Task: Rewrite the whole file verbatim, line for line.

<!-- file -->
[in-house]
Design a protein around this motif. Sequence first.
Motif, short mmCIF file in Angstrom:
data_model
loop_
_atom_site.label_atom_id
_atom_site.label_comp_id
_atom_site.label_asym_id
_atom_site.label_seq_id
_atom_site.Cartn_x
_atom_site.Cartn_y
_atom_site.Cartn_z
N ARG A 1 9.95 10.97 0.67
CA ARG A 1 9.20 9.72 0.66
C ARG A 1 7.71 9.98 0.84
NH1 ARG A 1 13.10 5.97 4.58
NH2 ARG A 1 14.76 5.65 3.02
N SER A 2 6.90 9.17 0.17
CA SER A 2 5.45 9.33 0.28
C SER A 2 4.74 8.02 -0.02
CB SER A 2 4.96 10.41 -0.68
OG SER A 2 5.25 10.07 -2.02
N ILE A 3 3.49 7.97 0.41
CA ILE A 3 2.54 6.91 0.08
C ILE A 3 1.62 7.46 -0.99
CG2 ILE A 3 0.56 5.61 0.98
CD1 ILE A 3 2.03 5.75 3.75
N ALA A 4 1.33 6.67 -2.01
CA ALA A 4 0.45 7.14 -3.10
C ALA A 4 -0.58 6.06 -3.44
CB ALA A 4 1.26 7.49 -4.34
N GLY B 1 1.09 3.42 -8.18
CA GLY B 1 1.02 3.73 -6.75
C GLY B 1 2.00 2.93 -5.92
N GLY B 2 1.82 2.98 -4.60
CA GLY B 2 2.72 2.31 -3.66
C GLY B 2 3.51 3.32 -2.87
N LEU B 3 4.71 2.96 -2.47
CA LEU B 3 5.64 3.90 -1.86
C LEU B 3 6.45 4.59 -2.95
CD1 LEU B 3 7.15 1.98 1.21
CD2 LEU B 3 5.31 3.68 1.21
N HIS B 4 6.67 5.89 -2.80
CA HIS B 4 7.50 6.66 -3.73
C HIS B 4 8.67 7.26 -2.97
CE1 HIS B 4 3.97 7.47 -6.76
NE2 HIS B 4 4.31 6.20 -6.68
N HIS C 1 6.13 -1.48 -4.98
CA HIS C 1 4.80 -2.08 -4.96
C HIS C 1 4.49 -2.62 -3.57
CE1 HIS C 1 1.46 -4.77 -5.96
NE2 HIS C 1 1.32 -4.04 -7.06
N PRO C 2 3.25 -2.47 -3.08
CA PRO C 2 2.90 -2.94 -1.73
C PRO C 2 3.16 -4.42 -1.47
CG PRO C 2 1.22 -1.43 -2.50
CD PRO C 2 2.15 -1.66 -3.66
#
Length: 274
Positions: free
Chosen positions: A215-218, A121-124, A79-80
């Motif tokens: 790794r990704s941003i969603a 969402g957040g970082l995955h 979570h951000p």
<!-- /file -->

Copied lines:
[in-house]
Design a protein around this motif. Sequence first.
Motif, short mmCIF file in Angstrom:
data_model
loop_
_atom_site.label_atom_id
_atom_site.label_comp_id
_atom_site.label_asym_id
_atom_site.label_seq_id
_atom_site.Cartn_x
_atom_site.Cartn_y
_atom_site.Cartn_z
N ARG A 1 9.95 10.97 0.67
CA ARG A 1 9.20 9.72 0.66
C ARG A 1 7.71 9.98 0.84
NH1 ARG A 1 13.10 5.97 4.58
NH2 ARG A 1 14.76 5.65 3.02
N SER A 2 6.90 9.17 0.17
CA SER A 2 5.45 9.33 0.28
C SER A 2 4.74 8.02 -0.02
CB SER A 2 4.96 10.41 -0.68
OG SER A 2 5.25 10.07 -2.02
N ILE A 3 3.49 7.97 0.41
CA ILE A 3 2.54 6.91 0.08
C ILE A 3 1.62 7.46 -0.99
CG2 ILE A 3 0.56 5.61 0.98
CD1 ILE A 3 2.03 5.75 3.75
N ALA A 4 1.33 6.67 -2.01
CA ALA A 4 0.45 7.14 -3.10
C ALA A 4 -0.58 6.06 -3.44
CB ALA A 4 1.26 7.49 -4.34
N GLY B 1 1.09 3.42 -8.18
CA GLY B 1 1.02 3.73 -6.75
C GLY B 1 2.00 2.93 -5.92
N GLY B 2 1.82 2.98 -4.60
CA GLY B 2 2.72 2.31 -3.66
C GLY B 2 3.51 3.32 -2.87
N LEU B 3 4.71 2.96 -2.47
CA LEU B 3 5.64 3.90 -1.86
C LEU B 3 6.45 4.59 -2.95
CD1 LEU B 3 7.15 1.98 1.21
CD2 LEU B 3 5.31 3.68 1.21
N HIS B 4 6.67 5.89 -2.80
CA HIS B 4 7.50 6.66 -3.73
C HIS B 4 8.67 7.26 -2.97
CE1 HIS B 4 3.97 7.47 -6.76
NE2 HIS B 4 4.31 6.20 -6.68
N HIS C 1 6.13 -1.48 -4.98
CA HIS C 1 4.80 -2.08 -4.96
C HIS C 1 4.49 -2.62 -3.57
CE1 HIS C 1 1.46 -4.77 -5.96
NE2 HIS C 1 1.32 -4.04 -7.06
N PRO C 2 3.25 -2.47 -3.08
CA PRO C 2 2.90 -2.94 -1.73
C PRO C 2 3.16 -4.42 -1.47
CG PRO C 2 1.22 -1.43 -2.50
CD PRO C 2 2.15 -1.66 -3.66
#
Length: 274
Positions: free
Chosen positions: A215-218, A121-124, A79-80
């Motif tokens: 790794r990704s941003i969603a 969402g957040g970082l995955h 979570h951000p």